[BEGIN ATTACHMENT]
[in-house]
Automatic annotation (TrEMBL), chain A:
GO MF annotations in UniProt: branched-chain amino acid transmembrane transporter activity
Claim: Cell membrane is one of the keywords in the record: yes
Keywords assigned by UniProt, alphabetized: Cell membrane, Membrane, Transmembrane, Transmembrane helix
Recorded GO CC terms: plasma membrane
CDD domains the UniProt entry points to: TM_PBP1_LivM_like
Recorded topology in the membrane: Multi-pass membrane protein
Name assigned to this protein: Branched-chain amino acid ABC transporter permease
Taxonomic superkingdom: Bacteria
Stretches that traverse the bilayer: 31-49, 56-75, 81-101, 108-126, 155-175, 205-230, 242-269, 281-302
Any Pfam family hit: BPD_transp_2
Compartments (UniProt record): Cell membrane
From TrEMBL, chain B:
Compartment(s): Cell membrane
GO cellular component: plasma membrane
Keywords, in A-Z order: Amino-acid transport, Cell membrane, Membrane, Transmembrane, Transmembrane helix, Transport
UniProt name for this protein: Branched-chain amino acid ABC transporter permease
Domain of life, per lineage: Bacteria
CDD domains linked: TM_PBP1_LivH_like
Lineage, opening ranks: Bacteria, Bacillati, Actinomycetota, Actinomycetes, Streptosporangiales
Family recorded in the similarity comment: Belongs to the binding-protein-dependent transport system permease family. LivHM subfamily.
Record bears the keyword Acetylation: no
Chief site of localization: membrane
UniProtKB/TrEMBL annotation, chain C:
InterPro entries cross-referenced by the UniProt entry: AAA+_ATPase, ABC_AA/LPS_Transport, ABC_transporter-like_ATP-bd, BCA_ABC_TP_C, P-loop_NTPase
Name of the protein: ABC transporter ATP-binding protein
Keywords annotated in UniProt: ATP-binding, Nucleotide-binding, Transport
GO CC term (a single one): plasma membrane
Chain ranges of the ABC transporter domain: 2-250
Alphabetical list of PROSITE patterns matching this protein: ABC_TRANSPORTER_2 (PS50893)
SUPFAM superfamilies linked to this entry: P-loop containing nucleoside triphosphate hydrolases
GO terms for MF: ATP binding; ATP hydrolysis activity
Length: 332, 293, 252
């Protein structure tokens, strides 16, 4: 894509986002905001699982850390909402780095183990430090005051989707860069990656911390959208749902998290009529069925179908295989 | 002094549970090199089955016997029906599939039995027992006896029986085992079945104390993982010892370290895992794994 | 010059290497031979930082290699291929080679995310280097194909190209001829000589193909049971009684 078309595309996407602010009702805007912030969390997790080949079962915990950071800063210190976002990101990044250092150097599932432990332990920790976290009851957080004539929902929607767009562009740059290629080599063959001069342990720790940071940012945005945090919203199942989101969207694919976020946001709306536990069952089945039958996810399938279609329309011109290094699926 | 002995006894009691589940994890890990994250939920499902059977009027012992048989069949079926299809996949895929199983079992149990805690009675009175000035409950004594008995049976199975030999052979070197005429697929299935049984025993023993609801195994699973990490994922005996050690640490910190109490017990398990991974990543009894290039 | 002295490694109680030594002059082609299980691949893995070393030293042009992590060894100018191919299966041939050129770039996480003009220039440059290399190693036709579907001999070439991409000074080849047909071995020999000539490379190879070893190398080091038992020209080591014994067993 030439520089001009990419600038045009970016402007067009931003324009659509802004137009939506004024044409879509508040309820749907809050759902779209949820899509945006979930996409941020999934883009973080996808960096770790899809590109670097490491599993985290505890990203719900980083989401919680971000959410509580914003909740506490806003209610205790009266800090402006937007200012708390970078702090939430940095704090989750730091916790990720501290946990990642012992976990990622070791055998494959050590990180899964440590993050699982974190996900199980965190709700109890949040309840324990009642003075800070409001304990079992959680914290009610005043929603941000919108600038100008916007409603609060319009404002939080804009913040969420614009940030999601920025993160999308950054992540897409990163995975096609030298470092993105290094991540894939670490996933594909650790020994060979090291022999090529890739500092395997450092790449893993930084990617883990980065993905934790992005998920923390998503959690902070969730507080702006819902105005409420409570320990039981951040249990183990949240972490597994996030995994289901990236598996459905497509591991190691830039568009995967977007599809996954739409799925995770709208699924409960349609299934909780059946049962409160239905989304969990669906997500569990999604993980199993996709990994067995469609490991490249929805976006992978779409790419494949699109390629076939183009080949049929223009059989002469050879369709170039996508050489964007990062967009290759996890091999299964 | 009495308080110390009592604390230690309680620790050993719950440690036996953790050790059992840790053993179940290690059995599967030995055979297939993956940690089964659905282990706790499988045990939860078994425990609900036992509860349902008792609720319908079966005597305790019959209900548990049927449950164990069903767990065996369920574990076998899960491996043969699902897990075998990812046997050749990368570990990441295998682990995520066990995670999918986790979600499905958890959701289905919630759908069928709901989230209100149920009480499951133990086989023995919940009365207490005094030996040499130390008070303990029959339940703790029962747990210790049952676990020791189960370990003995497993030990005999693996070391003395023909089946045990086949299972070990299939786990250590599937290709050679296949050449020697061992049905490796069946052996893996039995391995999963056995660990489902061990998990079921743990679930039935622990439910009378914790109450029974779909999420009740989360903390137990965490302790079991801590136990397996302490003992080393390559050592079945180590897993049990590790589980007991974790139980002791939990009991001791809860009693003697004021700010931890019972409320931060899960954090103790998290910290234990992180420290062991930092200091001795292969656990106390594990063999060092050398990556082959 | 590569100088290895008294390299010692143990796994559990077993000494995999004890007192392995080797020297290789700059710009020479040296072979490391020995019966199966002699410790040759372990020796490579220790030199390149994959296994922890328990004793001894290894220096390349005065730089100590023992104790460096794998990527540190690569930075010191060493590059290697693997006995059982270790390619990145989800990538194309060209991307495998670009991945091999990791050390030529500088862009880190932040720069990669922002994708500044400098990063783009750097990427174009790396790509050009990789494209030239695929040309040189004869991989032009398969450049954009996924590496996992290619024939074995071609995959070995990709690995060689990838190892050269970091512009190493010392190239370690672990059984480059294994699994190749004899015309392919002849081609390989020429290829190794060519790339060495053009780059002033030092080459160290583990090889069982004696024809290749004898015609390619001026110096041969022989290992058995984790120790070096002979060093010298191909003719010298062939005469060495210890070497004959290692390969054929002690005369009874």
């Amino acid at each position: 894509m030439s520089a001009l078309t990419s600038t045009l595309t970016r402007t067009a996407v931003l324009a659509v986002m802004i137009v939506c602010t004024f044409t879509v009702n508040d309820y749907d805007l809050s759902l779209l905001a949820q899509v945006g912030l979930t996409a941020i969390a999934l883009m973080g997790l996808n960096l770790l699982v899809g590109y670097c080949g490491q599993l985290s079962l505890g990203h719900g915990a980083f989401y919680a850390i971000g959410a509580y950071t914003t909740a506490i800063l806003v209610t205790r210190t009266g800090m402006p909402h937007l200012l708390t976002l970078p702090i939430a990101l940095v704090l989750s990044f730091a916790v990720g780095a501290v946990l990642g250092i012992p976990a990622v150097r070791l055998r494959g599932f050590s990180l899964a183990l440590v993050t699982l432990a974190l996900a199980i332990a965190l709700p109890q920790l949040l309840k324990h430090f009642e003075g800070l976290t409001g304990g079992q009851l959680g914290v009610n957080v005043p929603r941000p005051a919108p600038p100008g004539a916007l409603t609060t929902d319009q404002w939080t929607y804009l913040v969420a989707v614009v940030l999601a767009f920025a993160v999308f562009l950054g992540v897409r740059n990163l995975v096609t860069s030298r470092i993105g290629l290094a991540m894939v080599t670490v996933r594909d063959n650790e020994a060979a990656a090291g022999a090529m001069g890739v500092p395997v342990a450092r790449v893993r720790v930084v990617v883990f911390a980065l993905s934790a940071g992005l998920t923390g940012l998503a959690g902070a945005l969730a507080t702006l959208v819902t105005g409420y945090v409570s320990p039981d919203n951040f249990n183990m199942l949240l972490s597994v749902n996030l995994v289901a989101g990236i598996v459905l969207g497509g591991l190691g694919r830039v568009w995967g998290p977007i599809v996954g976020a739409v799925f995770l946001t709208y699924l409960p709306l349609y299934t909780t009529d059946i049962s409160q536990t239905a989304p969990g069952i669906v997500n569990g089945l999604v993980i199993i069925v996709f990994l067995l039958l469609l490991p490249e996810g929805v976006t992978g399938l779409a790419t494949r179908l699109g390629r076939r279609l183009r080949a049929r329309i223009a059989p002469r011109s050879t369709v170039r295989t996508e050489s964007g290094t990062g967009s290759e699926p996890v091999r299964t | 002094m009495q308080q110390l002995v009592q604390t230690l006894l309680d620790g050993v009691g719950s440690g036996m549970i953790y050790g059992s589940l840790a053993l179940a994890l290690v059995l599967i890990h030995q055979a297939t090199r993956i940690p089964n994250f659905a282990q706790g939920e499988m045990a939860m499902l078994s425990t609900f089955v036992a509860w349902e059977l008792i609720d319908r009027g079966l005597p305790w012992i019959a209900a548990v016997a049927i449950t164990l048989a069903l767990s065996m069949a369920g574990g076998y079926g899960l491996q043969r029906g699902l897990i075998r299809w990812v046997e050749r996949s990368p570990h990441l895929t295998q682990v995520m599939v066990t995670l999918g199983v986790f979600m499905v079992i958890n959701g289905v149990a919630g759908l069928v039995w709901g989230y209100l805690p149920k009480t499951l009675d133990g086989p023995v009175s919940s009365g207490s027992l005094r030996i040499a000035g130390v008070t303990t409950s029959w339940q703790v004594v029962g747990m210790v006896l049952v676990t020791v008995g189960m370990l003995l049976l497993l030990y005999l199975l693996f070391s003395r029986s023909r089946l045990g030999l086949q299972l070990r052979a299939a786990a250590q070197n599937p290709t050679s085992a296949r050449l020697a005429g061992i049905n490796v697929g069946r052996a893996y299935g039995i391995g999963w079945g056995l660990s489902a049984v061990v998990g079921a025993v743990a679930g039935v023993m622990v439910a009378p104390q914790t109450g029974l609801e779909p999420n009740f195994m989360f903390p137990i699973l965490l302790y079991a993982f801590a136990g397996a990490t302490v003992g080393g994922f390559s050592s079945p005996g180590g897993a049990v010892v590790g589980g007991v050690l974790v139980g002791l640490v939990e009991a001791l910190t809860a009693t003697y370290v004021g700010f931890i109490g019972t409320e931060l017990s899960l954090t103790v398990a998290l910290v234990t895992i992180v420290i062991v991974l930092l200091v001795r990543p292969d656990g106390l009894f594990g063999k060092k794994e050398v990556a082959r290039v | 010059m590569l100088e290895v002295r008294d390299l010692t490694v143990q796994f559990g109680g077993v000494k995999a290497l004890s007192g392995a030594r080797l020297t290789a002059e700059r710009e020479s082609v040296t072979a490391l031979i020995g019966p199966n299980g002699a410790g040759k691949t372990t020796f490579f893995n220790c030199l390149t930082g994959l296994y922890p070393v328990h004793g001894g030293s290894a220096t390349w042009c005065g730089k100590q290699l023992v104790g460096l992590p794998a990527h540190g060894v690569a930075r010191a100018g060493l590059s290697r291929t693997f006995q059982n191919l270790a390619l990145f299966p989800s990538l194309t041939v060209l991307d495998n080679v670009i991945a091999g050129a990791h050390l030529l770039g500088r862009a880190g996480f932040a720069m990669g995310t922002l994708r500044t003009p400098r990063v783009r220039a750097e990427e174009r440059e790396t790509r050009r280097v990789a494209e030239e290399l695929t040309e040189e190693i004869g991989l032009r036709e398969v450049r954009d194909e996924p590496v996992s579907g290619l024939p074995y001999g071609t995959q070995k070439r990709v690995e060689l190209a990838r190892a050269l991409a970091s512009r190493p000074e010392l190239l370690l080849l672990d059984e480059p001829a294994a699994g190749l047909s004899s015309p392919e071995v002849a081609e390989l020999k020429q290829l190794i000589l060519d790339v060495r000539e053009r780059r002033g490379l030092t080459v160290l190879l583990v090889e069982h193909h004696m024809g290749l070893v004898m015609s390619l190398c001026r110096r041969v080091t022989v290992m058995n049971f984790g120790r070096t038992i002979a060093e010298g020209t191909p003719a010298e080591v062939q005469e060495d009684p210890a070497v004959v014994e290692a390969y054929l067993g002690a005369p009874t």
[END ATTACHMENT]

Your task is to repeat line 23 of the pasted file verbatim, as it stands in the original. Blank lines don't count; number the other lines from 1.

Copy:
Record bears the keyword Acetylation: no